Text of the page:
Thanks to massive QE to infinity on the part of Ben Bernanke and the Federal Reserve (i.e. virtual money printing), the Stock Market was propped up a bit up until the election. Almost certainly many were hoping for a Romney win and thought he would be better for the economy. But now that the election is over, the truth is coming out. The euphoria is gone. The election is over and we are no longer distracted from looking at how bad the economy still is.
Reuters just reported last night that Energizer will cut more than 1500 workers, about ten percent of their work force. The S&P index had its steepest decline of the year in the last two days. It was the biggest drop in the two days following a presidential election since 1896 (because Bloomberg’s records don’t go back any farther). McDonald’s has reported its first monthly slump in sales since 2003.
How much of this is a direct response to some people feeling differently about the economy now that they know that Obama remains the President is hard to precisely measure. The Energizer cuts and the McDonald’s slump were both going to be reported no matter who won. The S&P slide is probably partly a direct reaction to Obama’s re-election. Maybe it is all a response to that news.
But probably much of this would still happen if Romney had been elected. While expectations about the future play a role in some of this news, much of it simply amounts to a realization that the economy is still really bad. I would argue that in fact, we have been back in a recession.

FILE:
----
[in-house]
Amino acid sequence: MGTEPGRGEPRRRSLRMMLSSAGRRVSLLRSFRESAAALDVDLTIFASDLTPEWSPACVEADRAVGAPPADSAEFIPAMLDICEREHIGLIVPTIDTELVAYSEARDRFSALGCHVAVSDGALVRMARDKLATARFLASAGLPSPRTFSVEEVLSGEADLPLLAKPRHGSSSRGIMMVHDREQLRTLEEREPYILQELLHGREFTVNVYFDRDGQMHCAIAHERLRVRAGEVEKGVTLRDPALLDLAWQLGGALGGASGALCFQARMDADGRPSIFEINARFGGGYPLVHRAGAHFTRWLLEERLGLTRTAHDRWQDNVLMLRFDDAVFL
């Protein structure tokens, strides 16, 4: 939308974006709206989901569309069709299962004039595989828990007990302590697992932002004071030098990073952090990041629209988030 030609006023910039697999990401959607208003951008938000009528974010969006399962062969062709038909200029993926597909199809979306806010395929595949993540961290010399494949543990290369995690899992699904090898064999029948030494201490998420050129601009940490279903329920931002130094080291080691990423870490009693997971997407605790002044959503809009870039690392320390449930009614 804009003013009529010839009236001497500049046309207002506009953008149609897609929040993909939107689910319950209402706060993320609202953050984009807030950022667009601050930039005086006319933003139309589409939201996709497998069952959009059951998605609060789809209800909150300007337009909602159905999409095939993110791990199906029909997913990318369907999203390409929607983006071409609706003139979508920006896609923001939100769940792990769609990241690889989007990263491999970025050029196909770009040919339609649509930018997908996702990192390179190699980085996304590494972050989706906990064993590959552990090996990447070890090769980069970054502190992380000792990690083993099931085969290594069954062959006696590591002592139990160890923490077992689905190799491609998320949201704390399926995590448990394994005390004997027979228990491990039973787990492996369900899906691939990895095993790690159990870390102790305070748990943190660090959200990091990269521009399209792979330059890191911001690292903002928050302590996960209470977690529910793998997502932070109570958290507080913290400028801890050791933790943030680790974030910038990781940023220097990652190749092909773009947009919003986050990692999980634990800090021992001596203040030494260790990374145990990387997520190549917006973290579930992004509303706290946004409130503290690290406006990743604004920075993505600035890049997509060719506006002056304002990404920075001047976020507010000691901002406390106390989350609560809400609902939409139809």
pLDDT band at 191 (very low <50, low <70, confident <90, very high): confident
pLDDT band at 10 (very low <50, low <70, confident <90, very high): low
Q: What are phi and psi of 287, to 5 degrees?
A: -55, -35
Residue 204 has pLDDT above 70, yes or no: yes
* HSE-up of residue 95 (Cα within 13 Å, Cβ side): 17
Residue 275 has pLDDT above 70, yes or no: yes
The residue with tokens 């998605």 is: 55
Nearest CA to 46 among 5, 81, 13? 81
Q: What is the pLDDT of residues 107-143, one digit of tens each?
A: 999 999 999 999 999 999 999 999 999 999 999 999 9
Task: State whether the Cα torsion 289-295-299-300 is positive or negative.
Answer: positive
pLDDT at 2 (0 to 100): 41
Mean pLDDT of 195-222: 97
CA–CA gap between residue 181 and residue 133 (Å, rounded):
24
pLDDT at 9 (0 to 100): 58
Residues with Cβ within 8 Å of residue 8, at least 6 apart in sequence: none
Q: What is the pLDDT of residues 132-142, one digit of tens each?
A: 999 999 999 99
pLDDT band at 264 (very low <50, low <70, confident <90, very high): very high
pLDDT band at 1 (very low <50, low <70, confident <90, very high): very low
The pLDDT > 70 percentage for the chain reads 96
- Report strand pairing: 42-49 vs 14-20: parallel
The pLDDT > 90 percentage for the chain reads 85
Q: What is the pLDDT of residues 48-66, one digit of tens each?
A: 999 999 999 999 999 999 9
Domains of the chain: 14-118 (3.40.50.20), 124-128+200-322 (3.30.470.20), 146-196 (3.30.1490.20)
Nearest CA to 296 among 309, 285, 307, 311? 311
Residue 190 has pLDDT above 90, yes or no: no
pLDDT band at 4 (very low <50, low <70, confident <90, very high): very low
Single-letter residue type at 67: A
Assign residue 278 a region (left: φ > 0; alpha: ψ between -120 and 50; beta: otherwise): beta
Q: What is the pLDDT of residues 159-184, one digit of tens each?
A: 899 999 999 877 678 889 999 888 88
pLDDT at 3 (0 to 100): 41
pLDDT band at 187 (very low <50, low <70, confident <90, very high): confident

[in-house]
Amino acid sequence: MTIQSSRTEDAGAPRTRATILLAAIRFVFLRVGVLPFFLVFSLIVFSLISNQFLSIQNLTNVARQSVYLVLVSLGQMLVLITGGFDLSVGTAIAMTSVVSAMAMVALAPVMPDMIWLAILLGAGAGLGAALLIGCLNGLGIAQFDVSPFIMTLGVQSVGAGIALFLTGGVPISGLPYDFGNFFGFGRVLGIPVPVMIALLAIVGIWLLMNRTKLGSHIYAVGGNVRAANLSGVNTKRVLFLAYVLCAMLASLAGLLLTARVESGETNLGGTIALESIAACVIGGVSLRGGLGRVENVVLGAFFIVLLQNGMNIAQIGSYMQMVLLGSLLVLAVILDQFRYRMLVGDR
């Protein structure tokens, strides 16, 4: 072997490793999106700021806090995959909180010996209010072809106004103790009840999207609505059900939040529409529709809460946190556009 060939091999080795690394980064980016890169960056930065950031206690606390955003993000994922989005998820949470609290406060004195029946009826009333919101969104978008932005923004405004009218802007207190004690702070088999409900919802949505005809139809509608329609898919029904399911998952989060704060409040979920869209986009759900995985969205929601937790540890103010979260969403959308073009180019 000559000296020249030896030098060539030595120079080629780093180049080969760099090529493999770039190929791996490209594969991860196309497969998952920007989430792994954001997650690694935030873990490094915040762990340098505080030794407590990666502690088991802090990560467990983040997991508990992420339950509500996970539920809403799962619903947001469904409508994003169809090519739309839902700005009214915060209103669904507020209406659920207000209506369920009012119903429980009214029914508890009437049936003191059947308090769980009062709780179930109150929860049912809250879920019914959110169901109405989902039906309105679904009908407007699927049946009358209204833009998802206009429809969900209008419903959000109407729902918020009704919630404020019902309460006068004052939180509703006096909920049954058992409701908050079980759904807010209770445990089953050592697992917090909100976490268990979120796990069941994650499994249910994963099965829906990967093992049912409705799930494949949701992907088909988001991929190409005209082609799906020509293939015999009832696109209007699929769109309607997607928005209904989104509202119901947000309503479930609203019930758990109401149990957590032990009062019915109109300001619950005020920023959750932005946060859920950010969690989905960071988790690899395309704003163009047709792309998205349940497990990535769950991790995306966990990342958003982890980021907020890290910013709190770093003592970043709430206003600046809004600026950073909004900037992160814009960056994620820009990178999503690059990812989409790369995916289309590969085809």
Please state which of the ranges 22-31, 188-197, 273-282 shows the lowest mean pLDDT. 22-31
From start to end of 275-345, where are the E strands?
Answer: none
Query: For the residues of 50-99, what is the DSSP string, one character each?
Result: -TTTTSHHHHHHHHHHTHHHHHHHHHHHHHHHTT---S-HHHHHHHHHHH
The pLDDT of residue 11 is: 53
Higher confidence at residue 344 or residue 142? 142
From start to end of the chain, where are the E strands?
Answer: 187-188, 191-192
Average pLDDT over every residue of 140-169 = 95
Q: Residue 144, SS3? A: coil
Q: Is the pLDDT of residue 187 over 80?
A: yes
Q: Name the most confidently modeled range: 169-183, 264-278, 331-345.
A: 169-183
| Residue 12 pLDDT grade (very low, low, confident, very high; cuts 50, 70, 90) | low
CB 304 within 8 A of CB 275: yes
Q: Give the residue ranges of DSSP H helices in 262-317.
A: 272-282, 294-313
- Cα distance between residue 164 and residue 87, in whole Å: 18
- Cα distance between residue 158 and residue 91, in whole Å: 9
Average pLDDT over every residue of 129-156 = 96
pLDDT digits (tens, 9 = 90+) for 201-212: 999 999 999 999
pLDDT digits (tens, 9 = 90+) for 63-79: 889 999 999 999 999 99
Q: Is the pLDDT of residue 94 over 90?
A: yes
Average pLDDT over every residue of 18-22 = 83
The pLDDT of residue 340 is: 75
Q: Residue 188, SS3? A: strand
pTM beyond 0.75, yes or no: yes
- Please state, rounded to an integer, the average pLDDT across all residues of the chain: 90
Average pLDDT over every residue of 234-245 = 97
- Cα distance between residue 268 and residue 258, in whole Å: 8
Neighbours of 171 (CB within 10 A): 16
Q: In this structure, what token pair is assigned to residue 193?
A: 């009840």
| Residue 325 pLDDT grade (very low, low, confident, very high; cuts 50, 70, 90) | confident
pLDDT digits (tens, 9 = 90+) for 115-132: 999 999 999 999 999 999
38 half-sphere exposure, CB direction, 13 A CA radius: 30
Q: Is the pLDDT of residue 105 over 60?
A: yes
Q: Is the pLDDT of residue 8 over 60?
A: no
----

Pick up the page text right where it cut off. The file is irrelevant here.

The media has been doing everything it can to convince voters that the economy is recovering. But, even with some surprising job numbers, the fact is that it isn’t recovering. We are going to see more unemployment and more bad news from companies. Whether or not the Federal Reserve can make the stock market look like it is viable by dumping new money into it, I don’t know. But it won’t be real wealth. It won’t do anything to help the real economy to recover.
If the economy only gets that bad, that will be good news. What we really have to resist is Obama’s attempts to “fix” it. As Rahm Emanuel said, you never want to let a crisis go to waste. The last time Obama had a supermajority, he “stimulated” the economy with almost a trillion dollars in pork spending. He promised that unemployment would stay under eight percent with the “stimulus” spending, but would reach nine percent without it. It reached ten percent after the stimulus was passed.
What Obama will do, with the help of the media, is assume that people will forget all about it. He will propose some other statist, debt-and-spend, or tax-and-spend solution. He will use the bully pulpit to berate the House of Representatives into passing bills that can only add to the debt and hurt the economy worse. This is the perversity of it. Obama will use his continual damaging of the economy to try to get the government to damage the economy more.
The media is already treating Obama as if he has a mandate. One would think he has a supermajority in Congress behind him the way they write about him. But he has neither. What he has is a record of failing the American people on promises he made, leaving them with nothing but more debt. The GOP in Congress needs to be wise but bold in “campaigning” against him for the next four years.